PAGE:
As scientists begin to unpack more than 3,000 containers of samples of the sun brought to Earth by NASA’s Genesis mission, the Mishap Investigation Board (MIB) has identified a likely direct cause of the failure of Genesis’ parachute system to open.
The parachute system failed to deploy when Genesis returned to Earth September 8, 2004. The MIB, analyzing the Genesis capsule at a facility near Denver, said the likely cause was a design error that involves the orientation of gravity-switch devices. The switches sense the braking caused by the high-speed entry into the atmosphere, and then initiate the timing sequence leading to deployment of the craft’s drogue parachute and parafoil.
“This single cause has not yet been fully confirmed, nor has it been determined whether it is the only problem within the Genesis system,” said Dr. Michael G. Ryschkewitsch, the MIB chair. “The Board is working to confirm this proximate cause, to determine why this error happened, why it was not caught by the test program and an extensive set of in-process and after-the-fact reviews of the Genesis system.”
Meanwhile, scientists unpacking samples at NASA’s Johnson Space Center (JSC), Houston, curation facility remain upbeat in their assessment of the prospects for obtaining useful science from the recovered samples.
The facility counted more than 3,000 tracking numbers for the containers that hold pieces of wafers from the five collector panels. The panels secured samples of atoms and ions from the solar wind that were collected during Genesis’ nearly three-year mission in deep space. Some of the containers hold as many as 96 pieces of the wafers. The team has been preparing the samples for study since the science payload and recovered samples arrived at JSC October 4.
Planning is under way for preliminary examination of the samples to prepare for allocation to the science community. The samples eventually will be moved to the JSC Genesis clean room where they will be cleaned, examined and then distributed to scientists, promising researchers years of study into the origins and evolution of the solar system.
“We cheered the news from the science team about the recovery of a significant amount of the precious samples of the sun,” said Dr. Ghassem Asrar, deputy associate administrator for the Science Mission Directorate at NASA Headquarters, Washington. “Despite the hard landing, Genesis was able to deliver. However, we await the final report of the Mishap Board to understand what caused the malfunction, and to hear the Board’s recommendations for how we can avoid such a problem in the future,” he added.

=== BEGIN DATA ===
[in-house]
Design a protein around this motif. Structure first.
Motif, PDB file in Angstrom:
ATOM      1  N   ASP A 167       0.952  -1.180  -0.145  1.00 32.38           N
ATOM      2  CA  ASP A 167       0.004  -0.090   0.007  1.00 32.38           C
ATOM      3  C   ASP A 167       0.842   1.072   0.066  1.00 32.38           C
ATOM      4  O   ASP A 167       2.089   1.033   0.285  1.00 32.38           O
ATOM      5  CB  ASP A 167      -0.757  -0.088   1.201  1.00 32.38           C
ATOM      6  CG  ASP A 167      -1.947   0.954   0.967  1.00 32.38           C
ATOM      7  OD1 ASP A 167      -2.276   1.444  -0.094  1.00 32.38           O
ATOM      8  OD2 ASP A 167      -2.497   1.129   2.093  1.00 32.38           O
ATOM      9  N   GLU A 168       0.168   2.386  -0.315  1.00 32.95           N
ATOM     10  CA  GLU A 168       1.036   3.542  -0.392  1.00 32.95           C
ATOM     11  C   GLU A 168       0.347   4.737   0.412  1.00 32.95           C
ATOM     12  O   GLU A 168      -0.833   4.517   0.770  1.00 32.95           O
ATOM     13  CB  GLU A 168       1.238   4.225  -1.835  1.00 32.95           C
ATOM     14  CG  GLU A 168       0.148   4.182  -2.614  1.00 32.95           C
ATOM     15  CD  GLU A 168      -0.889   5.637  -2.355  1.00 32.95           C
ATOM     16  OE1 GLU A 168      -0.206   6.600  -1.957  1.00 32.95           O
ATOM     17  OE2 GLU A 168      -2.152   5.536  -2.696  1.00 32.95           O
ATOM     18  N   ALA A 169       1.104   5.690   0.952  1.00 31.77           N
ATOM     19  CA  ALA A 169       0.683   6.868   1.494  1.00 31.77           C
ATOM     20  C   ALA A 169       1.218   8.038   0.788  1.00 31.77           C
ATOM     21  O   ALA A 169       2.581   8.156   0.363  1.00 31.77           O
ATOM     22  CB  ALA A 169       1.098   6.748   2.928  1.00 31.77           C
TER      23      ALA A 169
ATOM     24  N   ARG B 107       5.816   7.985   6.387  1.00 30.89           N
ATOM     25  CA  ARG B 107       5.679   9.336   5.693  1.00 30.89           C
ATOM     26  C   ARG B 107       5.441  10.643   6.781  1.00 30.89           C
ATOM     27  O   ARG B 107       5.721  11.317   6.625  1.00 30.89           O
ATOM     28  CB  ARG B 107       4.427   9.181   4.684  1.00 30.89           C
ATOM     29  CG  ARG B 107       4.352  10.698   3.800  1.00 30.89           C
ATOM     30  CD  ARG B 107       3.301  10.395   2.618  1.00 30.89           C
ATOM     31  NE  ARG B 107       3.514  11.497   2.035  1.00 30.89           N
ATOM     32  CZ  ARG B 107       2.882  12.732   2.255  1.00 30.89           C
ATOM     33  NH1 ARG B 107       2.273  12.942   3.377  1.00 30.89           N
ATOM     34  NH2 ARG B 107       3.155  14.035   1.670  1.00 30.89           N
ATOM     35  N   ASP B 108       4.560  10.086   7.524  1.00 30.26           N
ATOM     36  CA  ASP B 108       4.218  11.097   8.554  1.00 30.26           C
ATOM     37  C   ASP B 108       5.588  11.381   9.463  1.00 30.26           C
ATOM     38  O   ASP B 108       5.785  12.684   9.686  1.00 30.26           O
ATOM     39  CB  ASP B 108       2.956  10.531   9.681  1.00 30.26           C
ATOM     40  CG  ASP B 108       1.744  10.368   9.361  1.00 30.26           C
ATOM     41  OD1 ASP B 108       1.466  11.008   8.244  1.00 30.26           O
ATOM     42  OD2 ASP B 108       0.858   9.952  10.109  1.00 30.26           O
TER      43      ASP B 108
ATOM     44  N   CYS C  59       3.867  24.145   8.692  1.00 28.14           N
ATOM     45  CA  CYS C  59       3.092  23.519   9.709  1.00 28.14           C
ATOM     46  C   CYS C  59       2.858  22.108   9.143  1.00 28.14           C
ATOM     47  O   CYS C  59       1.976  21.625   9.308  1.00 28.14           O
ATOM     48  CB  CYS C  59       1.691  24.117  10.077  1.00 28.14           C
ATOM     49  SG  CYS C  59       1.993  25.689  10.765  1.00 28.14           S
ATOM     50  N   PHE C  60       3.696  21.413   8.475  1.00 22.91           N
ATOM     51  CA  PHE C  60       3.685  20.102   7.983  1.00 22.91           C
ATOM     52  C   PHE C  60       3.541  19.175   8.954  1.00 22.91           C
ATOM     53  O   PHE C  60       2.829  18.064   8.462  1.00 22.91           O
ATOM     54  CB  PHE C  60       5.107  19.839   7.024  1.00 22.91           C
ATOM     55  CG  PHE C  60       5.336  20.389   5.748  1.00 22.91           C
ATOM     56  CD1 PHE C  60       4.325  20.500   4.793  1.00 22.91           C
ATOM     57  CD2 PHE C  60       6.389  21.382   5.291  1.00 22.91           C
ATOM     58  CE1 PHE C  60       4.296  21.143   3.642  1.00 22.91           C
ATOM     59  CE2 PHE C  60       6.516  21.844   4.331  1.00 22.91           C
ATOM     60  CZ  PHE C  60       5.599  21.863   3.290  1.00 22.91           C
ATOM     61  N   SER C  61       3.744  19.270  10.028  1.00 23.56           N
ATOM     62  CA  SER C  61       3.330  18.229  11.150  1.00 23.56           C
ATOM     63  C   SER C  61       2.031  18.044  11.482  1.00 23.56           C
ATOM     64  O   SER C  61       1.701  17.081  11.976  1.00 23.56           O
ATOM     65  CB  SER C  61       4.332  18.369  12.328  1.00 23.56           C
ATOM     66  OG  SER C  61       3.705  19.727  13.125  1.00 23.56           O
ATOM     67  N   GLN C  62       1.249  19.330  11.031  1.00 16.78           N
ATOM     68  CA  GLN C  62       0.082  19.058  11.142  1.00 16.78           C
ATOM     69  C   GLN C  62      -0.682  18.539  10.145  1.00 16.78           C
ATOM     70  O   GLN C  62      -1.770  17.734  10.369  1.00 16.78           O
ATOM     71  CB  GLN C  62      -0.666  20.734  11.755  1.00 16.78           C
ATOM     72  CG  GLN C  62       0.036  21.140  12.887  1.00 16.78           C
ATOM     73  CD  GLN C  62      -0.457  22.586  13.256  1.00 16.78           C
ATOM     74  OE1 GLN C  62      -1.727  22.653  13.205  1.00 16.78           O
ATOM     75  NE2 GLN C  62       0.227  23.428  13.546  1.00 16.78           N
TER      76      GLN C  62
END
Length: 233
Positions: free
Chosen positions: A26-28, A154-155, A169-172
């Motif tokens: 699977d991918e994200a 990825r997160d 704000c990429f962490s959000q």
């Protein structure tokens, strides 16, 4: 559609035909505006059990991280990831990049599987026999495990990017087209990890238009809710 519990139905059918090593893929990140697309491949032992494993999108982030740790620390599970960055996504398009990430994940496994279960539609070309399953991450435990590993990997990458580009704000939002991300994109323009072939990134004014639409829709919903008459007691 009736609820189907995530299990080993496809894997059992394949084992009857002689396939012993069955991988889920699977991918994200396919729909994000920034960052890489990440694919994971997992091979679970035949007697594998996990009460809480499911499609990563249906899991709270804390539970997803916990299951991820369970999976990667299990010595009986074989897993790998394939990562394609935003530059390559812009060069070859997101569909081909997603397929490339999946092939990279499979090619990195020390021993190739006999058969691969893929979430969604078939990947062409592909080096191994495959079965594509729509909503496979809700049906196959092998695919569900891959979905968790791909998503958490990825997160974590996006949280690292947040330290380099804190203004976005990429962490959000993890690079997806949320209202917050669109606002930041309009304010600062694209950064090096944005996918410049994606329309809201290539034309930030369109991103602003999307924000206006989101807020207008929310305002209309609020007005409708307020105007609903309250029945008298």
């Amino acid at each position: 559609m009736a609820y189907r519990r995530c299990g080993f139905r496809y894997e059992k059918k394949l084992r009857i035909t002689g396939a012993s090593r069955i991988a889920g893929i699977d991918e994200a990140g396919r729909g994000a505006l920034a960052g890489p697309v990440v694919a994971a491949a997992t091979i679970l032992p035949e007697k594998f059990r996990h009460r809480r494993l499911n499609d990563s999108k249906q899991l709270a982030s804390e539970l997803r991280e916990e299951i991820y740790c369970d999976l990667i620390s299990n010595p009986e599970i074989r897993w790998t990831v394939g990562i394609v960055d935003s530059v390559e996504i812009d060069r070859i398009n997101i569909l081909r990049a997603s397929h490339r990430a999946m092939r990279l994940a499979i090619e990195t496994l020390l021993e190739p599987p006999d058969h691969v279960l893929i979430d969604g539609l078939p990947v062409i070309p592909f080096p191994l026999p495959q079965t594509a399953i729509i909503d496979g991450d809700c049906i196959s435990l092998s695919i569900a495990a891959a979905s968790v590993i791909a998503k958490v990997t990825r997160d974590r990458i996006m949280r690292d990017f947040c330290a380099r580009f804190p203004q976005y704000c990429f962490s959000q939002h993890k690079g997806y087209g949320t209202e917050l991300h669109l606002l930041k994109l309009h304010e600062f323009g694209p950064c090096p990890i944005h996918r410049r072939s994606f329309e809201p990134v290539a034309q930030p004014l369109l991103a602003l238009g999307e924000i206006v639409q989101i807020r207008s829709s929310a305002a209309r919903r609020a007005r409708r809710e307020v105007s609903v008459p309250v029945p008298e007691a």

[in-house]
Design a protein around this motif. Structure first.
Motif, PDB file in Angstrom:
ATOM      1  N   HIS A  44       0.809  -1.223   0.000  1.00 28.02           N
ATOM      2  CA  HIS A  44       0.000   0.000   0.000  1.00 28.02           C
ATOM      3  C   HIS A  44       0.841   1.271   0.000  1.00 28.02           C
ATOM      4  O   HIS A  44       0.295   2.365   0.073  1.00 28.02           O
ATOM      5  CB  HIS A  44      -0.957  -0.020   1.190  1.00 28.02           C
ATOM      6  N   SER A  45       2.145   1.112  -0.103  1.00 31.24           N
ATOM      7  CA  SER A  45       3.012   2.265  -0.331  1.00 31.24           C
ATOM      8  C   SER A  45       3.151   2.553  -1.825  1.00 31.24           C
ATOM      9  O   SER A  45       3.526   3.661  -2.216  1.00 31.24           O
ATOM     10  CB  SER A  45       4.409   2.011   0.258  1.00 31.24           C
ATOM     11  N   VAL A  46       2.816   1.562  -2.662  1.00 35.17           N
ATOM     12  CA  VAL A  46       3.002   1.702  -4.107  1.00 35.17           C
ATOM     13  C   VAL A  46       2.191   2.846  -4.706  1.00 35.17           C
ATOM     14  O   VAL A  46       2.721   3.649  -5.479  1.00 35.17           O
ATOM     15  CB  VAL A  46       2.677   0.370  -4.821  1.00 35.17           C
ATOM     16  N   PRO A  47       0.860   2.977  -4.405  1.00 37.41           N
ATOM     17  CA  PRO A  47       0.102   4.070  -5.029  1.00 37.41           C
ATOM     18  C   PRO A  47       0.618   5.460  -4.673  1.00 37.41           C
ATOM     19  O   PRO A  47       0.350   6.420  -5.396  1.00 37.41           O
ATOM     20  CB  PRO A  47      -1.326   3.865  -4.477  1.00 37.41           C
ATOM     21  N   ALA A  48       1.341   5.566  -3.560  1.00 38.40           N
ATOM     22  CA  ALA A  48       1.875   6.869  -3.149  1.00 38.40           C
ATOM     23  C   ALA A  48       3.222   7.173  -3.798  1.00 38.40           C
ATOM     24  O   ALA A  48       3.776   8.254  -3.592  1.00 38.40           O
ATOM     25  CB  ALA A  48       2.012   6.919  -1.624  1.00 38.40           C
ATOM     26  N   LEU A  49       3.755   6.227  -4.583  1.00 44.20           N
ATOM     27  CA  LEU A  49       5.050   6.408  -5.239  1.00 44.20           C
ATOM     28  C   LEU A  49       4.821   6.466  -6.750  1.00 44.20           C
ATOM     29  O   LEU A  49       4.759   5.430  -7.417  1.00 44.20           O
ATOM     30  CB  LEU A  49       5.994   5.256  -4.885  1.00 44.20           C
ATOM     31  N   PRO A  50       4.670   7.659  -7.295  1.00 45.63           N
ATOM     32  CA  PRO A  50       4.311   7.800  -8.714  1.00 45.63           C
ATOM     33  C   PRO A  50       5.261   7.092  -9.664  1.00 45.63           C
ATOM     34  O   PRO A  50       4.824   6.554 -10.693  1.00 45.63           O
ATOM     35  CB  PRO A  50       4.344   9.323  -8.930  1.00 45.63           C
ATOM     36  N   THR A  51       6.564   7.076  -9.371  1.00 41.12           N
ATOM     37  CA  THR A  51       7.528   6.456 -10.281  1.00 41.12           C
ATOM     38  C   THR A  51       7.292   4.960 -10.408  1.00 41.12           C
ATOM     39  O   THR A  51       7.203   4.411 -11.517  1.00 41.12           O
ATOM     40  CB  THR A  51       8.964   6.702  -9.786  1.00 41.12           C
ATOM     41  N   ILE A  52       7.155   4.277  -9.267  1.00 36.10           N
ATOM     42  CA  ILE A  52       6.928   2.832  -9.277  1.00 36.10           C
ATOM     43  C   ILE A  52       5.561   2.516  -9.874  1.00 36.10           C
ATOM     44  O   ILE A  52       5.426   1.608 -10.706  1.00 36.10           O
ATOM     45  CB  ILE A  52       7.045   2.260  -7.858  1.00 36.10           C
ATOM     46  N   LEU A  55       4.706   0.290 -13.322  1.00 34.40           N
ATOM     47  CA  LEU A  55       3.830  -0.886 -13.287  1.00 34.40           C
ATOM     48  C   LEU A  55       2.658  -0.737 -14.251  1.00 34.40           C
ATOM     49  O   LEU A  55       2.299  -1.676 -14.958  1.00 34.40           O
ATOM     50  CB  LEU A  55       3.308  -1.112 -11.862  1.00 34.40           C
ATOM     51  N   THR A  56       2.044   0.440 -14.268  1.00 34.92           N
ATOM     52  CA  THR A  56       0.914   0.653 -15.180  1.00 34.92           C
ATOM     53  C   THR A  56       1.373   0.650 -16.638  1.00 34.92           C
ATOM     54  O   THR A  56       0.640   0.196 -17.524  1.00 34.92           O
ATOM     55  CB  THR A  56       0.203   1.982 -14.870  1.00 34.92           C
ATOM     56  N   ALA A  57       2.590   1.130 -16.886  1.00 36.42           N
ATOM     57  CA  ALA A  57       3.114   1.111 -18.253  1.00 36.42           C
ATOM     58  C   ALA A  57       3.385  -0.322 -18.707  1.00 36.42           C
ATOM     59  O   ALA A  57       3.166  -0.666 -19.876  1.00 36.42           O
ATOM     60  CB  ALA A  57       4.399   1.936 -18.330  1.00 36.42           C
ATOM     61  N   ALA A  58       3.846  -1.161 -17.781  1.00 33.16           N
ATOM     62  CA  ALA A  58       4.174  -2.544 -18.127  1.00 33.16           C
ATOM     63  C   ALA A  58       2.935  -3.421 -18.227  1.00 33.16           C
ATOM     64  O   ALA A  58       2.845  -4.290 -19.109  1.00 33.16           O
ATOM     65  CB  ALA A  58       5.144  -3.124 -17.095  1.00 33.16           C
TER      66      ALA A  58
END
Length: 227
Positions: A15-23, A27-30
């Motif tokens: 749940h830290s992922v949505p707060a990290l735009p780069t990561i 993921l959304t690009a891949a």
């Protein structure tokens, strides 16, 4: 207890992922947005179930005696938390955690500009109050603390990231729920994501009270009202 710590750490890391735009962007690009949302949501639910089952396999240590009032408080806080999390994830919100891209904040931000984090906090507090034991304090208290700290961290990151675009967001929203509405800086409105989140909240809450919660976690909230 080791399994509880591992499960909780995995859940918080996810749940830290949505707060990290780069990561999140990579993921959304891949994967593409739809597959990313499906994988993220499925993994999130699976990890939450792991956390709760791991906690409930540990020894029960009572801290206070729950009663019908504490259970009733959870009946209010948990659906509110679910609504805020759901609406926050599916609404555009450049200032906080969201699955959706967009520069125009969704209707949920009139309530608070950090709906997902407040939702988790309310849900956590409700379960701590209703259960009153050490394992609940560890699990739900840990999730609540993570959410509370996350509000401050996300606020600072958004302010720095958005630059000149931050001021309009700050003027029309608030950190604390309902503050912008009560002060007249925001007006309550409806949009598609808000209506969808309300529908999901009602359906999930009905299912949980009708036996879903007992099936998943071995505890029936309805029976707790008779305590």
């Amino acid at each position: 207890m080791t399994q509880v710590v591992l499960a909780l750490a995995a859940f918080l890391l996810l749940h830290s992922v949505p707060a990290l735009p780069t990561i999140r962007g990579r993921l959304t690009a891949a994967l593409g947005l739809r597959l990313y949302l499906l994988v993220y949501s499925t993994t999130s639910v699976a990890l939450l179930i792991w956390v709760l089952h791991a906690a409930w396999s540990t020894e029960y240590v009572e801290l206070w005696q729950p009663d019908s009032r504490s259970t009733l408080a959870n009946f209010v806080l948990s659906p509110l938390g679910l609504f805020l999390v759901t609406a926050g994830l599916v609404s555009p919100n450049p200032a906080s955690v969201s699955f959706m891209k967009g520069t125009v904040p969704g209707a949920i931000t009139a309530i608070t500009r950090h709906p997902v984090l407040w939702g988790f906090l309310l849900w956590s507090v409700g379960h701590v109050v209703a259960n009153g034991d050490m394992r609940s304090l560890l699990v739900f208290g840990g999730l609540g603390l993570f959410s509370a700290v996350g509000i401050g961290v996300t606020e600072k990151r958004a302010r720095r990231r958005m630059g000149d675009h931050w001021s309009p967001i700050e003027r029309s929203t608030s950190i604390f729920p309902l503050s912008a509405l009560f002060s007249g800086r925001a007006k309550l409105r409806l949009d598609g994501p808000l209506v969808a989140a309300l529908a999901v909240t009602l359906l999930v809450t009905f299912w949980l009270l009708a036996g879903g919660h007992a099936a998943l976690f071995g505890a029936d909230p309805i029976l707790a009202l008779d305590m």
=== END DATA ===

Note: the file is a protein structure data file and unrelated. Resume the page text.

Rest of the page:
The recovered remains of the Sample Return Capsule (SRC) are undergoing engineering inspections and tests at the Waterton, Colo., facility of Lockheed Martin Astronautics (LMA). The Genesis spacecraft and SRC were built at Waterton. Lockheed Martin is supporting the MIB both to examine the recovered hardware and in assembling documentation relevant to the development of the space system.
“Both Lockheed Martin and JPL have been providing every possible support to our investigation. All of the people from both organizations who were involved in the Genesis project have been extremely professional and cooperative in helping the Board do its work,” said Dr. Ryschkewitsch.
The safety critical pyrotechnic devices and the damaged lithium sulfur dioxide battery have been secured to allow safe operations. The battery has been transported to the Jet Propulsion Laboratory in Pasadena (JPL), Calif., to begin detailed evaluation.
The MIB is evaluating the recovered hardware, pertinent documentation, impact site recovery activities and interviewing people from development teams. The MIB is using a fault tree as its guide. A fault tree is a formal method for determining, organizing and evaluating possible direct causes for a mishap and to trace them to root causes.
The Board’s charter is to examine every possible cause and to determine whether it was related to the mishap. The Board expects to complete its work by late November.